“My teachers are not making the help sessions mandatory, but even if they were it would be too difficult for me to attend them. Since I’m 14 hours ahead of Easthampton, I go to bed late and I can’t wake up early to attend these extra help blocks,” she said. “It’s also just been more difficult for me to contact teachers, because I email them when it’s daytime for me and they reply when I’m sleeping. It’s just harder to set up a time to meet with them.”

Aashish Suresh, a third year junior at Williston from Saudi Arabia, finds that he is receiving similar amount of work from before break.

“I feel as though I’m getting assigned the same amount of work from before work but maybe for some of classes I’m getting assgined a little bit more,” Aashish said. “But since the schedule has a lot of free time, I think its allowing me to finish my work with time to spare.”

Aashish takes Precalculus, AP Economics, English, Biology, Honors Chamber Singers, and US History.

Nat Simpson, a Spanish teacher at Williston, finds he is assigning less work to his students by restricting the time spent on homework as well as asking his students how long they spend on it.

“I’m assigning less homework and I think that the word is ‘trying’ to, because the concept of a limited amount of homework is really difficult because we really never know 100% of how long homework takes someone,” he said. “At the top of each homework I’ve asked students now to indicate how long the homework has taken them … I asked my students to stop at 30 minutes and some do, and some will just work even if it’s an hour long.”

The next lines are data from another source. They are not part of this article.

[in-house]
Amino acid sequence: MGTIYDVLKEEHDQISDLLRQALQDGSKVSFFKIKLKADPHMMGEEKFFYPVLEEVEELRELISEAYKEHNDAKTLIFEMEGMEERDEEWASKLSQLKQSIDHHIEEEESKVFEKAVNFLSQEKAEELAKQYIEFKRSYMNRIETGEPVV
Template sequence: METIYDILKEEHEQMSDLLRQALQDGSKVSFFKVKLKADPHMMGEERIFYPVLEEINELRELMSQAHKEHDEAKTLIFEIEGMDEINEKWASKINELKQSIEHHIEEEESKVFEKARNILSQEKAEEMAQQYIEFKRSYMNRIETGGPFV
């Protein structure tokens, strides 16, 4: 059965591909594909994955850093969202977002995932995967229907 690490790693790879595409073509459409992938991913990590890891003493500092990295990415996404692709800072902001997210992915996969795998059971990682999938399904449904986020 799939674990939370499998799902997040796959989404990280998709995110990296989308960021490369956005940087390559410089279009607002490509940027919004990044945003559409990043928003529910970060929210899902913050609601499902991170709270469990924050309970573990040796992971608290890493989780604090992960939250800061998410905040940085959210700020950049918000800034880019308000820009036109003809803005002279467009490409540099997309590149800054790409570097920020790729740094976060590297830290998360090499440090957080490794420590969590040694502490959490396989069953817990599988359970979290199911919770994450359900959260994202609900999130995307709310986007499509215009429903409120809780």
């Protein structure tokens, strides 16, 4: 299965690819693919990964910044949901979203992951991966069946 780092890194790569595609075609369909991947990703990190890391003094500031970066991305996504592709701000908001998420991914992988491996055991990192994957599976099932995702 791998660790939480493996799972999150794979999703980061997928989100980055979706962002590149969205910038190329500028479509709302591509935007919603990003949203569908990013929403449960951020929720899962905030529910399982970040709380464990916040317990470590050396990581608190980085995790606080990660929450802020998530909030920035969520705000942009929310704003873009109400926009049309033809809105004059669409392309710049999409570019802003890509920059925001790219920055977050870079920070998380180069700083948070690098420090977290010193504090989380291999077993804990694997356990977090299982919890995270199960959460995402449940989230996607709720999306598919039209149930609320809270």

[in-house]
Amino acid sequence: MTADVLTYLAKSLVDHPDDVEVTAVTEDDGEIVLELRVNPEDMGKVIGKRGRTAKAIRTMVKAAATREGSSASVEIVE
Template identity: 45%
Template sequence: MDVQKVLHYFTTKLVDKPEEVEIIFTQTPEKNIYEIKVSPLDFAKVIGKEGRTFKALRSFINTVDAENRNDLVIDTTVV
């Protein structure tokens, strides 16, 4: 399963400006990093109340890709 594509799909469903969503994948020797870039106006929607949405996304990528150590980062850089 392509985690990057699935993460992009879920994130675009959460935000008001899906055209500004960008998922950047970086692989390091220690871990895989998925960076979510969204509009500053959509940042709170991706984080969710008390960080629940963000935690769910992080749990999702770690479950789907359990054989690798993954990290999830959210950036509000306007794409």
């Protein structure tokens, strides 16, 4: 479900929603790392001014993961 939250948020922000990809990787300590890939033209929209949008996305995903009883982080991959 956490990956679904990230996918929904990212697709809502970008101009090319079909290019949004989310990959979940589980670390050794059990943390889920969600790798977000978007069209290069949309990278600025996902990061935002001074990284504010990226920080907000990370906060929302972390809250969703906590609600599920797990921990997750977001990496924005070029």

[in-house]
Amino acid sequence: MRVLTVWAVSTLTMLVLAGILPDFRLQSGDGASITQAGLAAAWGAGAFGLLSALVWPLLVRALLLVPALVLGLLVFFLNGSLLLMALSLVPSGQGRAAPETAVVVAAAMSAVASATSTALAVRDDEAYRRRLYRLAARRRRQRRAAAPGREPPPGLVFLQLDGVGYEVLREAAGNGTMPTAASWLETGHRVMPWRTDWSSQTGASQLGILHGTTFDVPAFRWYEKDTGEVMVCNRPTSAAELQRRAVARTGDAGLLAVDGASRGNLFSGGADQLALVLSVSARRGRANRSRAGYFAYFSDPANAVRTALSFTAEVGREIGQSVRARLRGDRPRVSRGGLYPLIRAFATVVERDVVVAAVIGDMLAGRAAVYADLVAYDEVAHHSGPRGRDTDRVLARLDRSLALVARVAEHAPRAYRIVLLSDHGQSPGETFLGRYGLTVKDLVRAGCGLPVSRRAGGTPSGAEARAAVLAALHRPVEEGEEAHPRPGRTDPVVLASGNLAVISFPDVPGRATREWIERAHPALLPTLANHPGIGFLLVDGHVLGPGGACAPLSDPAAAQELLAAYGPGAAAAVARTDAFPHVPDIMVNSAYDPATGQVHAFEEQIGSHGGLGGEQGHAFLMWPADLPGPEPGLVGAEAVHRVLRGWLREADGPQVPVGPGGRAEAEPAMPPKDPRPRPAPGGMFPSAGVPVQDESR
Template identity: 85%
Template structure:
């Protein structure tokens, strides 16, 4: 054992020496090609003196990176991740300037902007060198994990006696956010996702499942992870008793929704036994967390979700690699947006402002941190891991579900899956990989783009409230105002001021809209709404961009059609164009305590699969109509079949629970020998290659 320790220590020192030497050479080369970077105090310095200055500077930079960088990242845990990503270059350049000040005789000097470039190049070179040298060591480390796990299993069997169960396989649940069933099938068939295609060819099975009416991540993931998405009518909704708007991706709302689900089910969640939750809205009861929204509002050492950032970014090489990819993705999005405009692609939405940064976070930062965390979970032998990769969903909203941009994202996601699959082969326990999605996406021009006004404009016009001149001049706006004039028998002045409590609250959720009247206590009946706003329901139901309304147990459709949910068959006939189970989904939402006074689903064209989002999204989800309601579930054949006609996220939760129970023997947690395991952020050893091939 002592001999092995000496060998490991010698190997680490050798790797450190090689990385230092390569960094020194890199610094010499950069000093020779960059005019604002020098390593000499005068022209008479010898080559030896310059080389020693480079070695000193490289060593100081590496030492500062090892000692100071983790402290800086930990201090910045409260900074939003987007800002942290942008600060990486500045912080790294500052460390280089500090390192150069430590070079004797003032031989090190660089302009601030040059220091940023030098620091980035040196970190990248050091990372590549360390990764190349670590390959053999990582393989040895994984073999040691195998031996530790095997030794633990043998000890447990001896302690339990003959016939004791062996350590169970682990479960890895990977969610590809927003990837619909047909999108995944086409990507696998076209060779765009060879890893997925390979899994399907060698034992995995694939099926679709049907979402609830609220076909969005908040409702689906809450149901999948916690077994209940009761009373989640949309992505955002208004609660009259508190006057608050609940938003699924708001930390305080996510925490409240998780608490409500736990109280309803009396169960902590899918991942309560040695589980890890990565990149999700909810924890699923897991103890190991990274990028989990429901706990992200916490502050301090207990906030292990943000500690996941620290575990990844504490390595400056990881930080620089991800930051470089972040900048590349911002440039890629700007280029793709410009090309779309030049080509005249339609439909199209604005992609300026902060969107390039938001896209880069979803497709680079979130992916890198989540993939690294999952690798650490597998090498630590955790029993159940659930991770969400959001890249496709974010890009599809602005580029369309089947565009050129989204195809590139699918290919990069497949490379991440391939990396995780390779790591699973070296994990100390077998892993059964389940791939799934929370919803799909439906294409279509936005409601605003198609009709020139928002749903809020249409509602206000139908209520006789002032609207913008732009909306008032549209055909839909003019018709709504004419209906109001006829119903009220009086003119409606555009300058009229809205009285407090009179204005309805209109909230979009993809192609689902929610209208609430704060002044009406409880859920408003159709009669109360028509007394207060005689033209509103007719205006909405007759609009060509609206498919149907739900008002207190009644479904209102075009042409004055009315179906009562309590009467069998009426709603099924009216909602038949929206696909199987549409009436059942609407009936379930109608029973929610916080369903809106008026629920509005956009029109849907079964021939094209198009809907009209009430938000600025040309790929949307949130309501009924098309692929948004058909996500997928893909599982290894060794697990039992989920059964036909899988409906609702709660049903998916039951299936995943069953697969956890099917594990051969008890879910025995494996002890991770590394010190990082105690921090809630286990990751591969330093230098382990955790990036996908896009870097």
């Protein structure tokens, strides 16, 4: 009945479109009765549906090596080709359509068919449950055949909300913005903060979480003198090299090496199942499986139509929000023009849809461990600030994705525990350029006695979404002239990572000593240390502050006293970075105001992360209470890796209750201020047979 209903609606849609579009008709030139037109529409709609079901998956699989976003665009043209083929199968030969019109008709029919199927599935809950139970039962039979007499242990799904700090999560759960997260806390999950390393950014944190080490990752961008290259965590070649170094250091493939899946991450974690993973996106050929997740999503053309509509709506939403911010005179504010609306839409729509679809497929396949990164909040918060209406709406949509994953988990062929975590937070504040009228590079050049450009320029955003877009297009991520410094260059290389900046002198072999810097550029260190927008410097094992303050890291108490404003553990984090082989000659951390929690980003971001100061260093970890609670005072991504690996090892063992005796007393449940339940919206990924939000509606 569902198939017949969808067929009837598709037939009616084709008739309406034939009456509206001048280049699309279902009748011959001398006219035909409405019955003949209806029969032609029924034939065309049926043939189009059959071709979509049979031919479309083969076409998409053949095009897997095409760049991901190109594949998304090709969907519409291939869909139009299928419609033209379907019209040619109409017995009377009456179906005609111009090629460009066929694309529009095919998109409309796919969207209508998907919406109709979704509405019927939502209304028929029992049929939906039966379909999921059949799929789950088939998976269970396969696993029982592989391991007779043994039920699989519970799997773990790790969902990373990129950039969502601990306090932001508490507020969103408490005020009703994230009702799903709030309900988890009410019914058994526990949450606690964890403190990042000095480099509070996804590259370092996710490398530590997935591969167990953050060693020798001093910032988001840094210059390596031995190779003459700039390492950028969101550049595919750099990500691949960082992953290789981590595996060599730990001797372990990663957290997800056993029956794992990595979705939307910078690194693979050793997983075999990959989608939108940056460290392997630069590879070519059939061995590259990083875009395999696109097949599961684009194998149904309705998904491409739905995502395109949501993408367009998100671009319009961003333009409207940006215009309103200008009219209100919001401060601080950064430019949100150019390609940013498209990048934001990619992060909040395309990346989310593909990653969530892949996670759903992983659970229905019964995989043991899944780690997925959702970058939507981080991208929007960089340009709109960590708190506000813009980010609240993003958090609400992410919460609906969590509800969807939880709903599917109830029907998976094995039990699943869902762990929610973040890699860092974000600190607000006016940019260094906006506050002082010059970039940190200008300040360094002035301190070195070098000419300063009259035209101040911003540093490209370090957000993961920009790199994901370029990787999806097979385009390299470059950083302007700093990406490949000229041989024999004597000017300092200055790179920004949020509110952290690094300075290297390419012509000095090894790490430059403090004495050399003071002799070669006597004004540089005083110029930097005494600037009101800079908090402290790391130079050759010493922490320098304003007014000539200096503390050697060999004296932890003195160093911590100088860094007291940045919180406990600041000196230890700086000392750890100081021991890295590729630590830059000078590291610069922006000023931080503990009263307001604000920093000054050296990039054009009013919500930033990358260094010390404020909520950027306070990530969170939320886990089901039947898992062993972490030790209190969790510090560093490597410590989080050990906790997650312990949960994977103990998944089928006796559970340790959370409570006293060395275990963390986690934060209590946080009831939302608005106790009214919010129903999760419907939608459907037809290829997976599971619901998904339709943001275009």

Simpson said rather than focusing on tests and quizzes, he’s working on projects designed individually for students.

“I try to do assessments that are much more individually designed,” he said.

Science teacher Liz Kay explained the effectiveness of a flipped classroom and how she finds the students benefitting that way.

“My intention is to assign a little bit more homework but not a crazy amount more because sometimes I make predictions on how long an assignment might take and it could be off in either direction,” Kay said. “In-person I usually do Power Points, but online I’ve been doing Power Point recordings for the students to watch and take notes on.”

“Ive tried to flip the classroom in the sense that you guys actually do interact in class because you can’t really outside of class,” she continued. “The other part of trying to run class similar to the way in-person is that its really difficult. Let’s say I have 12 or 14 kids in a Zoom room — nobody’s going to talk in a group discussion … so I don’t really have a true gauge on whether that’s effective or not. So what I try to do is to try to get some of those discussions happening in the breakout rooms because that’s the only time that I’m going to get actual feedback on questions versus in a bigger group.”

Kay also specifically pointed out how online classes has led her to spend more time designing homework and assignments.

“I would say I do more work outside of class that I ever do compared to when we’re in person,” she said. “I’ve definitely gotten better at it but I would probably say I spend probably two to three hours a day looking at and coming up with stuff to do … I don’t want to sit there and lecture the whole time.”